A hidden Markov model is a doubly stochastic process with an underlying Markov process that is not observable (the states are hidden), but can only be observed through another set of stochastic processes which are produced by the Markov process (the observations or outputs are probabilistic functions of the states). A sequence of observation O={Ol, . . . , OT } is produced by a Markov state sequence Q={ql, . . . , qT } where each observation ot is from the set of X observation symbols V={vk ; 1≦k≦X} and each state qt is from the set of Y states S={Si ; 1≦i≦Y}. Thus, a hidden Markov model can be characterized by:

Π={πi }, where πi =P(q1 =si) is the initial state probability;

A={aij }, where aij =P(qt+l =sj |qt =si) is the state transition probability;

Γ={γj }, where γj =P(qT =sj) is the last state probability;

B={bi (k)}, where bi (k)=P(ot =vk |qt =i) is the symbol probability;                                (1)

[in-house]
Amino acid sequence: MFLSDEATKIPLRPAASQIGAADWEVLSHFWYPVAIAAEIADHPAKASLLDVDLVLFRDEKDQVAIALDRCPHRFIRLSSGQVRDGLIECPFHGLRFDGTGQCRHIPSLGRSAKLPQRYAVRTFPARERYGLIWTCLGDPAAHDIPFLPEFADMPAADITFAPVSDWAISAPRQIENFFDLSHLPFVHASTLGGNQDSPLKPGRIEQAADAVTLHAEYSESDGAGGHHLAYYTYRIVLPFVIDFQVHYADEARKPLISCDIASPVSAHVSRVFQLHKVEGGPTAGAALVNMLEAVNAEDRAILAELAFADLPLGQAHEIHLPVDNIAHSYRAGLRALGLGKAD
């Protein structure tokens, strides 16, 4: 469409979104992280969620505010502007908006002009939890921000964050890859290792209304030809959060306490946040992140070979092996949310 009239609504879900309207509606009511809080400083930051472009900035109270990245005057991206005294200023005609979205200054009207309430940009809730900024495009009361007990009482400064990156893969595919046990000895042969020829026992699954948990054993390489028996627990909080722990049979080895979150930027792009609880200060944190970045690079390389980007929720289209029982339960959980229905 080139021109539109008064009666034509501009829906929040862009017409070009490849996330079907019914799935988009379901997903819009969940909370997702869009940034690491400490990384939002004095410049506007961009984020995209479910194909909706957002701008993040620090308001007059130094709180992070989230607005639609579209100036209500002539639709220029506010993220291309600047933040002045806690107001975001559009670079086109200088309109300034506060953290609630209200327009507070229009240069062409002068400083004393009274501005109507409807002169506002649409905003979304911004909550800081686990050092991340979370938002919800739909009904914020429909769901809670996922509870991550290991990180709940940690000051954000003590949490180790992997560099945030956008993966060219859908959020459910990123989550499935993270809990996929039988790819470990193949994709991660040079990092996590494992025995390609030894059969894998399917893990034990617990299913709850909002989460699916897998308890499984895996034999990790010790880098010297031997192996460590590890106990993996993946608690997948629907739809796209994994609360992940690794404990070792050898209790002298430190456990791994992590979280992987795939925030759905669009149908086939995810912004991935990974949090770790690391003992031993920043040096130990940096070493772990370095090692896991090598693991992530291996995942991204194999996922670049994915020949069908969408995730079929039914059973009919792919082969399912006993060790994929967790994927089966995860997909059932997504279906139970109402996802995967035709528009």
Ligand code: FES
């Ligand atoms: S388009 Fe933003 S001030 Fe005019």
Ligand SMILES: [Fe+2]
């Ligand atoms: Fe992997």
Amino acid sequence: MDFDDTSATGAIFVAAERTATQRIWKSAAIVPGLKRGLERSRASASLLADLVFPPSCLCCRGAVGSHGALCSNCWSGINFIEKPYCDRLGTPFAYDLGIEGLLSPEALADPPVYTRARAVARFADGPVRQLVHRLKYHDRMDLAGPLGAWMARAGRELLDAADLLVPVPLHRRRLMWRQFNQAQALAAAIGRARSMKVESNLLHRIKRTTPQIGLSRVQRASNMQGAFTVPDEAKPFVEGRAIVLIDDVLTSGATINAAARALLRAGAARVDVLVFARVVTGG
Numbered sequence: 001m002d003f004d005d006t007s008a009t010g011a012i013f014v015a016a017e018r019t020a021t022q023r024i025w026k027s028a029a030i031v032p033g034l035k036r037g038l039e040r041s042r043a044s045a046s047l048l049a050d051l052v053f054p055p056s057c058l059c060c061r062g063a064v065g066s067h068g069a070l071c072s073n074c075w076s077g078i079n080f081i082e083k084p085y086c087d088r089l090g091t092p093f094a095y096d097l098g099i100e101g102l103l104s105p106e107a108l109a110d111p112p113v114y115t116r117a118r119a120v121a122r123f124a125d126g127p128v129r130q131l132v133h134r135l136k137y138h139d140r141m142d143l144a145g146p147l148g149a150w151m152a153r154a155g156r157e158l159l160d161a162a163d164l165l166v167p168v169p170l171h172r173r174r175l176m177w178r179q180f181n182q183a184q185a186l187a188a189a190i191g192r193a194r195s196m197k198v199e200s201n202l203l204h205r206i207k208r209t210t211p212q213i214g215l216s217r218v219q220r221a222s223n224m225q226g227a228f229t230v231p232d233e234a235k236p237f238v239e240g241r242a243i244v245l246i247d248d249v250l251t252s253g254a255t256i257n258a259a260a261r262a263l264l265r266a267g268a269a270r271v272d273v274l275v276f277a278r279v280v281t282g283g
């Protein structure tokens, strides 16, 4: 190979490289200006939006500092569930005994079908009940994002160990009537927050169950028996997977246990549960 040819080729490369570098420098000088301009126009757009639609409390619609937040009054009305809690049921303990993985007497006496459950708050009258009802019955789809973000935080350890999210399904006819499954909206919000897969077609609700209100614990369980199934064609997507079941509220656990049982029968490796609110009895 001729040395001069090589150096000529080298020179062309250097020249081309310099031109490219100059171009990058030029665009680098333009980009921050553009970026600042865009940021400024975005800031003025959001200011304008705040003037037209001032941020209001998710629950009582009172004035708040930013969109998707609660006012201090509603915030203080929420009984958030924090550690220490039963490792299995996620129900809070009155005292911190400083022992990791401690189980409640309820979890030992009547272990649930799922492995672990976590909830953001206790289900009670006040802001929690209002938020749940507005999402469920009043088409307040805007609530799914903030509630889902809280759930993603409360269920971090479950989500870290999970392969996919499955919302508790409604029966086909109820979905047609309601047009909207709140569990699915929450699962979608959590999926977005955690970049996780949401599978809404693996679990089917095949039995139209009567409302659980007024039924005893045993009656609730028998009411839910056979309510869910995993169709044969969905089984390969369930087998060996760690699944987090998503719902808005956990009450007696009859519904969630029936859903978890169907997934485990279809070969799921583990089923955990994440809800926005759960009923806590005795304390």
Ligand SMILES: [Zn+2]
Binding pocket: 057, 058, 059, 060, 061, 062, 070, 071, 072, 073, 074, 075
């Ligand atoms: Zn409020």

and satisfies the probability constraints: ##EQU1##

Note here that the last state probability Γ is included in this definition. In a Markov state sequence, the last state probability models the different probable final states as the initial state probability does for the initial states. A hidden Markov model is denoted by a compact notation λ={π,A,Γ,B}.

The training algorithm for a hidden Markov model is iterative. One salient characteristic of this algorithm is that if a particular state transition probability is initialized to zero during training, that probability will remain zero during the entire training procedure. As a result, a structure can be imposed on the state transition matrix. In left-to-right hidden Markov models, the observation sequence starts from state 1. From state 1, there are two probable transitions: self-transition to state 1 or transition to state 2; and so on. Preferably, embodiments of the present invention do not allow a skip in state. That is, all the elements in our initial state transition matrix except those on the main diagonal and the upper principal off-diagonal are preferably zero. Because the two probabilities in each row should sum up to one, both these probabilities are selected as 0.5 for initialization.